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"Number 9, Number 9, Number 9 ..."
Maybe it's because I'm a dumb, narrow-minded conservative, but I count nine reasons in the misnamed article "Eight Reasons Not to Cut the Capital-Gains Tax," by Michael Kinsley.
Too bad none of them are very good reasons. In reference to No. 9, how do you get the 1 percent figure? Do only 1 percent of all Americans own their own homes, and think of selling them from time to time? If so, then I'm more elite than I thought! The truth is, the capital-gains tax affects a lot more than 1 percent of all Americans.
Other than that, I enjoyed the article.
--John T. Tant
The Editors' Reply
Kinsley counts; it's his deputy who made the mistake.
We've Found Reason No. 9!
Michael Kinsley missed a pretty good reason in his "Eight Reasons Not to Cut the Capital-Gains Tax." Unless you can go back in time, cutting the tax rate on existing capital gains cannot possibly increase investment in productive resources. You cannot change individuals' past investment decisions. Those who claim to want a cut in the capital-gains tax rate because it will increase investment and not because it is a handout to the rich could gain a lot of credibility if they advocated reducing the rate only on future capital gains.
It's My Money
I guess that one of the things I liked about the blast at capital-gains tax cuts in "Eight Reasons Not to Cut the Capital-Gains Tax," by Michael Kinsley, was the writer's cheerful admission that he has written it all before. I assume that he formed his convictions as a student, when he had no investments and didn't even know what they were.
I am 79, and when I make money out of the market, it is because I watch the ticker much of the morning, study documents, make guesses, and take risks--with money that I earned myself. I could lose my shirt at any moment. I have had noticeable losses, and the feeling of humiliation that goes with them.
Kinsley thinks it is OK for Washington to take a third (give or take) of anything this retired research historian labors to make through entrepreneurial risk-taking. I don't.
--Vaughn Davis Bornet
Fair Play for Belgium
I am not Belgian, nor do I work for any Belgian company, but I have lived happily in Brussels for the last 30 years, and there is very little that I recognize in the highly subjective account "I Have Seen the Future of Europe ...," by Gregg Easterbrook. He is apparently unable to provide accurate factual information, and even contradicts himself.
For example, Sabena is very far from being a state-sanctioned monopoly, as it is in competition with other carriers on all its routes except those with too little traffic to support a second operator. If you want to find such a monopoly, you need look no further than the rails, where the national operator operates the world's fastest in cooperation with similar companies in the neighboring countries. Also, the standard off-peak rate for local phone calls here is less than 2 U.S. cents per minute, which scarcely makes dial-up access to an ISP a "luxury."
Although I could flag numerous other fundamental errors, I think that these should be enough to make my point that Easterbrook's opinion of European "telecoms and communication bureaucrats" is far from the truth.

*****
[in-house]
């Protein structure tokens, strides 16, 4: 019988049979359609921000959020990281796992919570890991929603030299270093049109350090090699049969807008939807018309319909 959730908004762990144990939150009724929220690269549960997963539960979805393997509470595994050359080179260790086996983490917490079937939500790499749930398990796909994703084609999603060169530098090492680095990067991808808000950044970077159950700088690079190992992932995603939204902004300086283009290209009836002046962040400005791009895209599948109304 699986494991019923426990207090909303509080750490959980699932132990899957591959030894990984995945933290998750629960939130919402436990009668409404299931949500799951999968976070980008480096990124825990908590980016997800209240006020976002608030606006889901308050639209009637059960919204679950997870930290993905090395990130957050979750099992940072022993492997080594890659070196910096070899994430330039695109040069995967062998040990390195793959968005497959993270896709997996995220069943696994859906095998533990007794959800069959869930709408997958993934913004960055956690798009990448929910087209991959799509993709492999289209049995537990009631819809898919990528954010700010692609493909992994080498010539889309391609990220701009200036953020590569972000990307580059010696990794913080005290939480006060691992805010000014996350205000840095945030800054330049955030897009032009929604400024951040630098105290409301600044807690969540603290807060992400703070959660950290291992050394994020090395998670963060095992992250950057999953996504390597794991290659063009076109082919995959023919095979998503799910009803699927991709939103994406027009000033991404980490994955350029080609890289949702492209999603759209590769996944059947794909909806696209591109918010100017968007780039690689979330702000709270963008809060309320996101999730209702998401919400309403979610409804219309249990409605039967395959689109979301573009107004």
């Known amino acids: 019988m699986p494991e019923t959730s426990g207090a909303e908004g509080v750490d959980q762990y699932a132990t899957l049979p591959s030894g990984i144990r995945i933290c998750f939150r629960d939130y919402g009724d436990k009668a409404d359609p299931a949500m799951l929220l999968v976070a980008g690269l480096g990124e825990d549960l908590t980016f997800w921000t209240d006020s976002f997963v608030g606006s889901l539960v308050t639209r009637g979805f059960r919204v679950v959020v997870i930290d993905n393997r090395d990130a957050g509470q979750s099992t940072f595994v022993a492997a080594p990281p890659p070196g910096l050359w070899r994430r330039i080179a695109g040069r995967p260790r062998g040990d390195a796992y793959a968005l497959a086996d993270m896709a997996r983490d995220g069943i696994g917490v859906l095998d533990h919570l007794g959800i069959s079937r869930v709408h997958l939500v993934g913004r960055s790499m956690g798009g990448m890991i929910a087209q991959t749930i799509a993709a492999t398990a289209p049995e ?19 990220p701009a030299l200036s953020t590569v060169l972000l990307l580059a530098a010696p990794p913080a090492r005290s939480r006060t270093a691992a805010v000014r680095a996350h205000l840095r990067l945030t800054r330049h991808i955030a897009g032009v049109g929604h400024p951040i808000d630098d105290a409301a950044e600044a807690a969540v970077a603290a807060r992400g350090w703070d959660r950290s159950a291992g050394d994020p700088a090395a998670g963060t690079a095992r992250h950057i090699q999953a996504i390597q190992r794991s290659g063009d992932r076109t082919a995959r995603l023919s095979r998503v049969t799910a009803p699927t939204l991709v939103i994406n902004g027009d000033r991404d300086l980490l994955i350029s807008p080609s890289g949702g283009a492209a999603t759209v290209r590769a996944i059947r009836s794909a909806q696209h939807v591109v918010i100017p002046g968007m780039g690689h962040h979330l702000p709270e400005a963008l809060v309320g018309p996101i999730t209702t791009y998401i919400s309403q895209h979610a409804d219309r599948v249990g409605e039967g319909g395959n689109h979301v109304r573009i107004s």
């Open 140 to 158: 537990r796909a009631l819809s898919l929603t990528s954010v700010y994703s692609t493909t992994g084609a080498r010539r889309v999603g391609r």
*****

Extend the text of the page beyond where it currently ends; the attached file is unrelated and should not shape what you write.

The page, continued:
--Alan F. Reekie
Get Out of Your Cocoon
As a Eurocrat in my cubicle at the European Commission, sitting on the ergonomic chair I "borrowed" from a secretary when mine collapsed last year, I was wondering who got those plush suites with leather chairs that Gregg Easterbrook referred to in "I Have Seen the Future of Europe ...." Suddenly I got it: He is referring to the Council of Ministers, a separate institution where representatives of the 15 member states get together to make decisions (mostly on proposals by the Commission).
Just because somebody can write and his or her spouse gets an assignment abroad does not mean they have insight on a whole continent. I do not think Easterbrook had to relocate to write that piece. Since Slate is distributed electronically and is available to a wide international audience, you should get less ethnocentric views of the world. Couldn't you get contributions from outside your cocoon?
--Jose Antonio Lopez Sanchez
In the Feb. 19 "Summary Judgment," when reviewing the reviews of Roy Jenkins' Gladstone, you understandably fell afoul of those tricky British titles of nobility. You called the author "Lord Roy Jenkins," which is not correct. That would make him the younger son of a duke, like Lord Randolph Churchill or Lord Peter Wimsey (and not, thereby, actually a lord except in using that word in this courtesy title).
Instead, he is a life peer with a barony of Jenkins (Jenkins of Hillhead, to distinguish him from some other Lord Jenkins). So you can call him "Lord Jenkins of Hillhead" or "Lord Jenkins" for short; or by his actual name, "Roy Jenkins," since he still uses it; but not "Lord Roy Jenkins." It is "Margaret Thatcher" or "Lady Thatcher," not "Lady Margaret Thatcher"; "James Callaghan" or "Lord Callaghan," not "Lord James Callaghan"; and so on.
This is worth pointing out because most retired top-rank British politicians are in this position, and an amazing number of writers, even those for the Economist, make this mistake. I'm sure most of the politicians who went to the Lords only so they'd have a place to speechify after retiring from the Commons would rather do without this, but it's part of the British schtick, so at the least we ought to get the names right.
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